Why do we react so strongly?
During the 1970s I was working in a progressive day care setting in Canada. It was not uncommon to have little boys arrive with barrettes in their hair or donning their sister’s skirt over their pants. Many of the parents were very accepting of their boys and girls trying out a variety of roles and viewed it as healthy explorations. We still had the hippie generation influence and relished freedom of expression.
In retrospect the general feeling was that there were no real differences, other than physical ones, between the two genders. It was a progressive idea for the time, but there was still, for me, a nagging feeling that there was something still a little bit off.
Current research is showing that the differences in boys and girls may be more of a result from how they are being raised in our society, although there is recognition that, yes, there are some differences.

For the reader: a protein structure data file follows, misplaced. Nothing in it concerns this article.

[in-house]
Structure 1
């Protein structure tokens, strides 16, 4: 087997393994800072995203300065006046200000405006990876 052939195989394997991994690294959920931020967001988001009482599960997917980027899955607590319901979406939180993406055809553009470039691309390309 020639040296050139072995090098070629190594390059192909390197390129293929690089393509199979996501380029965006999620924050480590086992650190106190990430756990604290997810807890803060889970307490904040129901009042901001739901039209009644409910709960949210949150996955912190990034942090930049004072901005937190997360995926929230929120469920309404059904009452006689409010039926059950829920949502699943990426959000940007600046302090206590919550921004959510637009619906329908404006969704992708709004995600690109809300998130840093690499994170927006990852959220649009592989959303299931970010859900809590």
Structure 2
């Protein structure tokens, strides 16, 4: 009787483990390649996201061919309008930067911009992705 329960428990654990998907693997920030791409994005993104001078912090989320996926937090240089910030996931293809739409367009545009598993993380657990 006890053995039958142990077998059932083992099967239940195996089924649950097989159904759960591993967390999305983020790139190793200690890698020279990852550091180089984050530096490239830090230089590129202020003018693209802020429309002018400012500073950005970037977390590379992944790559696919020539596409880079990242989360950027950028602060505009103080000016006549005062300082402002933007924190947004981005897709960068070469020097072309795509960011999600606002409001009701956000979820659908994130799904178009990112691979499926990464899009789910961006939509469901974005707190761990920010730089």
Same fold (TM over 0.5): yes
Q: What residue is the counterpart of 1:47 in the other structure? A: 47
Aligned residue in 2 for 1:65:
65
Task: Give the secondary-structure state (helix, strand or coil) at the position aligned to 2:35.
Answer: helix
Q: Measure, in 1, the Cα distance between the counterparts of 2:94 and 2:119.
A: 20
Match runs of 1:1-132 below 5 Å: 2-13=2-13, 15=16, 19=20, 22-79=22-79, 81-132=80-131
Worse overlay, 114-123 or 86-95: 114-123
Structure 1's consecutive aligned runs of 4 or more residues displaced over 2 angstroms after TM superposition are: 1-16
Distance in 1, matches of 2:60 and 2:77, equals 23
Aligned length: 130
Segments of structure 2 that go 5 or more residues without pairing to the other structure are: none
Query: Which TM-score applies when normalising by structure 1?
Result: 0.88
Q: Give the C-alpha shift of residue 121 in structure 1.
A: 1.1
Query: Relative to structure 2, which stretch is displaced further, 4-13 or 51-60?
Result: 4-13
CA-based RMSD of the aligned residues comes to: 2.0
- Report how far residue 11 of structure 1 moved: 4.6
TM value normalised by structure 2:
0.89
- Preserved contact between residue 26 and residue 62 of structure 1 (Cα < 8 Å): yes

When parents are aware of some of these differences, we can better support our children as they grow. If we understand the sensitivities, the triggers, the effective communication and discipline strategies that work, then we have a chance to ensure a healthy environment for our son’s emotional world.
It will take parents being able to examine their own beliefs about gender, to evaluate how they were themselves raised. We need to look at what is that triggers us when our son’s behave certain ways or want to do things outside our comfort zones. Too many times it really is more about us than our children. We have an ingrain, often unconscious, set of rules of behaviour and those may be interfering with raising our boys to be better than previous generations!